A TRIBUTE TO ADRIAN TAN
Esplanade Concert Hall
Sunday (11 September 2022)
A year and a bit has passed since the tragic and premature passing on 12 July 2021 of Singaporean conductor Adrian Tan, music director of the Braddell Heights Symphony Orchestra (BHSO). A successor has yet to be appointed. This well-conceived memorial concert led by Taiwanese conductor Apo Hsu was a moving memorial to one truly passionate about music, and a timely reminder of our massive loss.
|The Maestro Adrian Tan |
all of us remember.
Beethoven’s Fifth Symphony was an appropriate opener as it was Fate that took Adrian away. Beethoven’s fist-shaking defiance, expressed so dramatically in C minor, was what identified most with Adrian’s “can do” spirit. A naval officer with an arts degree in theatre studies who wanted so badly to be a conductor that he gave up a stable career to study music from scratch deserved our time and attention. His pot of gold at the end of the rainbow was the BHSO, which he whole-heartedly and single-mindedly honed into a fine ensemble capable of very convincing performances.
Under Hsu’s baton-less direction, a tautly gripping performance was the just result. The ensemble played their hearts out for her (and Adrian), often as if their lives depended on it. The opening Allegro con brio had vim and vigour, displaying an admirable cohesiveness. The slow movement sang unabated, the few rough spots from woodwinds doing little to derail the effort. Time seemed to fly and spirits never flagged leading into the valedictory finale, culminating in glorious C major. From the stress of uncertainty to ultimate triumph was the path taken in this symphony and Adrian’s life, and he would have been immensely proud of it.
After the intermission, Singapore-based Filipino pianist Albert Tiu, regular collaborator with Adrian, was soloist in the slow third movement of Brahms’ Second Piano Concerto. Last year, he had crafted a solo piano transcription dedicated to Adrian, and here was the full monty with orchestra. It would have been great if Noella Yan (daughter of BHSO founder Yan Ying Wing and close family friend) had performed the cello obbligato part, but BHSO principal cellist Peh Xiang Hong was no slouch. Her solo was poignantly felt, the perfect introduction to Tiu’s impassioned reading which scaled the emotional heights yet found peace and resolution at its serene conclusion.
|Twin composers Low Shao Ying |
and Shao Suan remember Adrian fondly.
Coinciding with the passing of HM Queen Elizabeth II, Nimrod from Elgar’s Enigma Variations was also a fortuitous choice. There can be no music more moving than this, a regal nobilmente which aligned publisher A.J.Jaeger’s (Nimrod was his nickname) championship of Elgar’s music with Adrian’s keen support of Singaporean composers. The performance was a particularly rapturous one, which Song For Adrian by twin sisters Low Shao Ying and Shao Suan became the most logical follow-up. Scored for just strings, this was an elegy but one which channeled sadness into hope and optimism. Cast in C major, its musical idiom may be said to be a cross between Elgar and Sibelius.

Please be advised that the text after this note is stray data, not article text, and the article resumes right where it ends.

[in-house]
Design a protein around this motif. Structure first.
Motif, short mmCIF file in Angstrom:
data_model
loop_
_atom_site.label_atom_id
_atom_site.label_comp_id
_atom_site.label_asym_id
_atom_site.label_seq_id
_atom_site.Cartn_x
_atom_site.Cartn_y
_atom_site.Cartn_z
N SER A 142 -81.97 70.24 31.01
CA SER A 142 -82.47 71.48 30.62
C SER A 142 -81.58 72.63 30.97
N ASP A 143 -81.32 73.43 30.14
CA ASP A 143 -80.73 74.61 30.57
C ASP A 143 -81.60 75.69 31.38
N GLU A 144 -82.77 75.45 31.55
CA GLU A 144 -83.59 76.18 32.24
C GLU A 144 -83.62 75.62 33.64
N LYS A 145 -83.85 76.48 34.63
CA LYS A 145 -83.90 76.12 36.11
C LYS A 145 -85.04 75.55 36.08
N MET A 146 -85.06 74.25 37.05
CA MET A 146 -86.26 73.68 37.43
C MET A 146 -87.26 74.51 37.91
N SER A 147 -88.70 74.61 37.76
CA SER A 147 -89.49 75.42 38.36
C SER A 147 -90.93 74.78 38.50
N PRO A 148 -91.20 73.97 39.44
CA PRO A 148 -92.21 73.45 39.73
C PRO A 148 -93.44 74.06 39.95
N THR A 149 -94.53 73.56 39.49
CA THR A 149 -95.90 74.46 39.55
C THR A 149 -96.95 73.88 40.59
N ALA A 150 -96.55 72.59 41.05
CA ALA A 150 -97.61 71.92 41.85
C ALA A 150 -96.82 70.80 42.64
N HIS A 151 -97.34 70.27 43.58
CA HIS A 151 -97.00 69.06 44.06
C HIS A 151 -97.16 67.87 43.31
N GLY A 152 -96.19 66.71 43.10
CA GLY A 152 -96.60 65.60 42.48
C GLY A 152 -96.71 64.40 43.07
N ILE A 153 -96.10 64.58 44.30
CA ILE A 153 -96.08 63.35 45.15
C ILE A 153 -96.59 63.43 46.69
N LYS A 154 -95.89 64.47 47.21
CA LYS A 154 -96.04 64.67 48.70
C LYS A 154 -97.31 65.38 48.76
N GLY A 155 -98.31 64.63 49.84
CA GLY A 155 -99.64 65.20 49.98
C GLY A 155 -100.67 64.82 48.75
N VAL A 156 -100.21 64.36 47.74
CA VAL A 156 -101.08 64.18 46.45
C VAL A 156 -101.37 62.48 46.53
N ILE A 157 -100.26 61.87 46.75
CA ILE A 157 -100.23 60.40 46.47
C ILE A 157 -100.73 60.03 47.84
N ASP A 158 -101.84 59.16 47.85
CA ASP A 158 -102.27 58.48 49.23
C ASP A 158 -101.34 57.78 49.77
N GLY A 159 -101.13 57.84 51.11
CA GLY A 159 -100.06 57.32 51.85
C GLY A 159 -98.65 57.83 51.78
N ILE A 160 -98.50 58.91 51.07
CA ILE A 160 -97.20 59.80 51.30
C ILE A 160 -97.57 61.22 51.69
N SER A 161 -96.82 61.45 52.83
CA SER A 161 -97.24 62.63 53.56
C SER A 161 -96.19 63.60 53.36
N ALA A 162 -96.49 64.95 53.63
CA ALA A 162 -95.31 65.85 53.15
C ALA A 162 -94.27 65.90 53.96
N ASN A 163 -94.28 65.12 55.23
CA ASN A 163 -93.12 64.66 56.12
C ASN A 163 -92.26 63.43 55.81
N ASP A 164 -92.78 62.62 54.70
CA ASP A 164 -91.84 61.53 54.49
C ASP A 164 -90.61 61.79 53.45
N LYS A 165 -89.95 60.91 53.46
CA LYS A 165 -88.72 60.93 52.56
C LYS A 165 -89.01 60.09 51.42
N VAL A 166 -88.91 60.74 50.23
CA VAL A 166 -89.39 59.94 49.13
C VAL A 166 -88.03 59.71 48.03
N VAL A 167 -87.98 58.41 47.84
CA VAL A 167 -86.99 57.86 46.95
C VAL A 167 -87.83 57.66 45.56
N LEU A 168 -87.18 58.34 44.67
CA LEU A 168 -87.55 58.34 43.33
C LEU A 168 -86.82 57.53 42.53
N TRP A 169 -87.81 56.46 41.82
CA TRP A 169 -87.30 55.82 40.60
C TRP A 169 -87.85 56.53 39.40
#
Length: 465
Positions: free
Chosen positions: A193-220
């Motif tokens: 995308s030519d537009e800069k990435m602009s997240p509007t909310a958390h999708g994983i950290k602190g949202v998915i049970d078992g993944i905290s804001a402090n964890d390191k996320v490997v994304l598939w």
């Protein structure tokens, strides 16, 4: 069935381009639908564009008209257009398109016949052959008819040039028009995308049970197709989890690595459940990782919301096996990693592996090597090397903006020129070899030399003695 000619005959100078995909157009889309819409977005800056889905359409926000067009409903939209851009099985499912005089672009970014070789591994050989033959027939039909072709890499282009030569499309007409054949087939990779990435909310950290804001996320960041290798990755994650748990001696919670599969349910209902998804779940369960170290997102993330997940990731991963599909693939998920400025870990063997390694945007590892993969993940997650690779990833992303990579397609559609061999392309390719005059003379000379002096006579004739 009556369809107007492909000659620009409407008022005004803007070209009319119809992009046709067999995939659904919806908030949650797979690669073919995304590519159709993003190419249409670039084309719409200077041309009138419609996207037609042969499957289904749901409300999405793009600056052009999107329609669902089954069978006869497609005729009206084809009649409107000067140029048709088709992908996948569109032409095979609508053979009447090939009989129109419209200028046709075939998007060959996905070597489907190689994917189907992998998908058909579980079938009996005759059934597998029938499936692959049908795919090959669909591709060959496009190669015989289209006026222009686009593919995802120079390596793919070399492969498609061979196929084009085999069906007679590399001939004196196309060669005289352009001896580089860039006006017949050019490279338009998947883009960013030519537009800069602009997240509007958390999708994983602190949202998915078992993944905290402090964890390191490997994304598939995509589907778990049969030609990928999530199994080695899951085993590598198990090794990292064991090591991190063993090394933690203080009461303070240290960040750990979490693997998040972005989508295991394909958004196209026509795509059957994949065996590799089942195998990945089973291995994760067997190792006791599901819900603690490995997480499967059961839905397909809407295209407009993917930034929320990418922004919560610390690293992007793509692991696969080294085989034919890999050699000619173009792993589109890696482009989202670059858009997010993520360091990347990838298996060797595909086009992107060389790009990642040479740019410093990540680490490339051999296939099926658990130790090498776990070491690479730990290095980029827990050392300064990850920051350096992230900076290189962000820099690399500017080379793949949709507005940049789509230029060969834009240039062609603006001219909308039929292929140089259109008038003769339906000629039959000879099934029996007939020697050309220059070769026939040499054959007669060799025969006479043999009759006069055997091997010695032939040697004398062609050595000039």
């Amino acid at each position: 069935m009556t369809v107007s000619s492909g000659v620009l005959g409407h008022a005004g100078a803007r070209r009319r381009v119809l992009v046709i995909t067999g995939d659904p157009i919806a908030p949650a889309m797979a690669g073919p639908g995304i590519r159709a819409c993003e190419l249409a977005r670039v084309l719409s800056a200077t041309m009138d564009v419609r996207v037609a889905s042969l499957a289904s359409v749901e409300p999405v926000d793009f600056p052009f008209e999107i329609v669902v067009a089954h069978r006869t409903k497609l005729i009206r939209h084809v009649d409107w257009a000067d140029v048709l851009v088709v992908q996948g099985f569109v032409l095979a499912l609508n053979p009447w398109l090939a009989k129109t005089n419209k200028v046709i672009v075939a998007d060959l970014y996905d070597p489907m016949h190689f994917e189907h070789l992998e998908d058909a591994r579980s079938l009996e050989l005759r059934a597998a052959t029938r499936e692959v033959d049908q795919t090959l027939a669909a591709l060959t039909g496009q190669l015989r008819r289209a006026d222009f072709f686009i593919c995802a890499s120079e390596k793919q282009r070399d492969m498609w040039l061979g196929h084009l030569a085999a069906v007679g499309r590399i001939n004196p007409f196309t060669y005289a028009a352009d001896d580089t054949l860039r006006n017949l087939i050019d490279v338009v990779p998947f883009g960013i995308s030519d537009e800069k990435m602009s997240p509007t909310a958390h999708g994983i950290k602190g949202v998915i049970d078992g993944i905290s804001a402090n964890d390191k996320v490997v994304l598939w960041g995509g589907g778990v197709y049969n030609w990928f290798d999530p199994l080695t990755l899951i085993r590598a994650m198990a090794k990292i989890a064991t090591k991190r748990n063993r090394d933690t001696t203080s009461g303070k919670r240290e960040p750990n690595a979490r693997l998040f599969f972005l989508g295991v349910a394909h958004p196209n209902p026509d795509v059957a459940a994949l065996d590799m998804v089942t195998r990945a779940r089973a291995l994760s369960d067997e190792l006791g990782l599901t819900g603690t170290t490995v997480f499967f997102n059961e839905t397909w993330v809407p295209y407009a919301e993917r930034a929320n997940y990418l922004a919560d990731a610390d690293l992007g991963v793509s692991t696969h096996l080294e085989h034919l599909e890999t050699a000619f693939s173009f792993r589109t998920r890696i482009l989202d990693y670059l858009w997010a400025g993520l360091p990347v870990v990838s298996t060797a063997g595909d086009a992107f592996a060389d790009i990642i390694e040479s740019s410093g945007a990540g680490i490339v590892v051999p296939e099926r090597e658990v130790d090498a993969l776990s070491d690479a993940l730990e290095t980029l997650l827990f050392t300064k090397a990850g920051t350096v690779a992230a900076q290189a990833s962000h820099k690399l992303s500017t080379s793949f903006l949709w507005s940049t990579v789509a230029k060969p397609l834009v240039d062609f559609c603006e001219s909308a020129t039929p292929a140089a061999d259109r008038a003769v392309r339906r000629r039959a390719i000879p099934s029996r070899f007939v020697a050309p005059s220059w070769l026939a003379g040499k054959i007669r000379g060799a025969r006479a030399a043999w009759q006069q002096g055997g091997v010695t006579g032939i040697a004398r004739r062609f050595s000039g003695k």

|Singapore Symphony Orchestra's |
fourth chair first violinist Chan Yoong Han was
an uncredited performer in this tribute concert.
|Sama-sama maju ke hadapan|
pandai cari pelajaran...
A familiar note (particularly for those growing up in the 60s and 70s) was struck with BHSO Arranger-in-Residence Mohd Rasull’s Fantasy on Zubir Said’s Semoga Bahagia (May You Achieve Happiness). Known popularly as the “Sama-sama Song", its melody brought back lots of primary school memories. It was sung in unison gusto by The Joy Chorale (Khor Ai Ming, Choirmaster) and some members of the audience (with whatever childhood memories of those bygone day). This work, which included a fugue among its variations, pulled out the stops in the best way possible.
|Handphones were not|
prohibited in this concert!
|A magical atmosphere |
for Dick Lee's Home
Photo: Muhd Firdauz Bin Sapii
The evening concluded with Dick Lee’s Home as transcribed by Kelly Teng. A popular favourite, it had to be encored, this time accompanied by swaying lights emanating from hundreds of handphones within the audience. It was a spontaneous act that captured the spirit of the event, providing magical moments for all who attended. The Last Night of the Proms might have been cancelled in London, but nobody was to deny Adrian Tan his spot in our collective memories. His passion, zeal and courage will never be forgotten.
|This is how Adrian Tan will be|
remembered by all who knew him well.